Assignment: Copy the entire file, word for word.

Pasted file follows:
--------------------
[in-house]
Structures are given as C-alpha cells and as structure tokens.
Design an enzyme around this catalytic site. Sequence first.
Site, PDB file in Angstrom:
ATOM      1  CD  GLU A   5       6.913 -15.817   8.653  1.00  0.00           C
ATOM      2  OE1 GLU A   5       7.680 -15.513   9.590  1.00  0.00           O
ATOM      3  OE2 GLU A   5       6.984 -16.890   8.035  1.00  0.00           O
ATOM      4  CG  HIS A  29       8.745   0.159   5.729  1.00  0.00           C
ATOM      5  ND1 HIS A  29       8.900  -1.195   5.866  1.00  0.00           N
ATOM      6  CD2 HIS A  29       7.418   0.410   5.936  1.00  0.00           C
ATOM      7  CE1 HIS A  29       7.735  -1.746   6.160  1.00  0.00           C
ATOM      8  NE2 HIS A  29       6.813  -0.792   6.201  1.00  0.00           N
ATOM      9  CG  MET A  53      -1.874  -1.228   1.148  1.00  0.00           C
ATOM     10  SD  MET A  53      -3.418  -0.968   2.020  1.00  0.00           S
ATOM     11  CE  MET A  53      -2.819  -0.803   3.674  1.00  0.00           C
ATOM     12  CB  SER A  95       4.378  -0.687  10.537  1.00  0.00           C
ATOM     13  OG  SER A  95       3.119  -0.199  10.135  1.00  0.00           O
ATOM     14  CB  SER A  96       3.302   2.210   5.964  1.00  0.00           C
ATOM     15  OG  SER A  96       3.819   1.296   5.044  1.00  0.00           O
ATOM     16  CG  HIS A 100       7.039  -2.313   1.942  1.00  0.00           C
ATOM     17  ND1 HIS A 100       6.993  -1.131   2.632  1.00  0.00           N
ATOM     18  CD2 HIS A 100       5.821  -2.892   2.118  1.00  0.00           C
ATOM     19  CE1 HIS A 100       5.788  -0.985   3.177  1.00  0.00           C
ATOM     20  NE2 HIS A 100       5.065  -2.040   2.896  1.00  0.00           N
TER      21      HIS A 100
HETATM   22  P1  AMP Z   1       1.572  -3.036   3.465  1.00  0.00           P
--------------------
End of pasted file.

[in-house]
Structures are given as C-alpha cells and as structure tokens.
Design an enzyme around this catalytic site. Sequence first.
Site, PDB file in Angstrom:
ATOM      1  CD  GLU A   5       6.913 -15.817   8.653  1.00  0.00           C
ATOM      2  OE1 GLU A   5       7.680 -15.513   9.590  1.00  0.00           O
ATOM      3  OE2 GLU A   5       6.984 -16.890   8.035  1.00  0.00           O
ATOM      4  CG  HIS A  29       8.745   0.159   5.729  1.00  0.00           C
ATOM      5  ND1 HIS A  29       8.900  -1.195   5.866  1.00  0.00           N
ATOM      6  CD2 HIS A  29       7.418   0.410   5.936  1.00  0.00           C
ATOM      7  CE1 HIS A  29       7.735  -1.746   6.160  1.00  0.00           C
ATOM      8  NE2 HIS A  29       6.813  -0.792   6.201  1.00  0.00           N
ATOM      9  CG  MET A  53      -1.874  -1.228   1.148  1.00  0.00           C
ATOM     10  SD  MET A  53      -3.418  -0.968   2.020  1.00  0.00           S
ATOM     11  CE  MET A  53      -2.819  -0.803   3.674  1.00  0.00           C
ATOM     12  CB  SER A  95       4.378  -0.687  10.537  1.00  0.00           C
ATOM     13  OG  SER A  95       3.119  -0.199  10.135  1.00  0.00           O
ATOM     14  CB  SER A  96       3.302   2.210   5.964  1.00  0.00           C
ATOM     15  OG  SER A  96       3.819   1.296   5.044  1.00  0.00           O
ATOM     16  CG  HIS A 100       7.039  -2.313   1.942  1.00  0.00           C
ATOM     17  ND1 HIS A 100       6.993  -1.131   2.632  1.00  0.00           N
ATOM     18  CD2 HIS A 100       5.821  -2.892   2.118  1.00  0.00           C
ATOM     19  CE1 HIS A 100       5.788  -0.985   3.177  1.00  0.00           C
ATOM     20  NE2 HIS A 100       5.065  -2.040   2.896  1.00  0.00           N
TER      21      HIS A 100
HETATM   22  P1  AMP Z   1       1.572  -3.036   3.465  1.00  0.00           P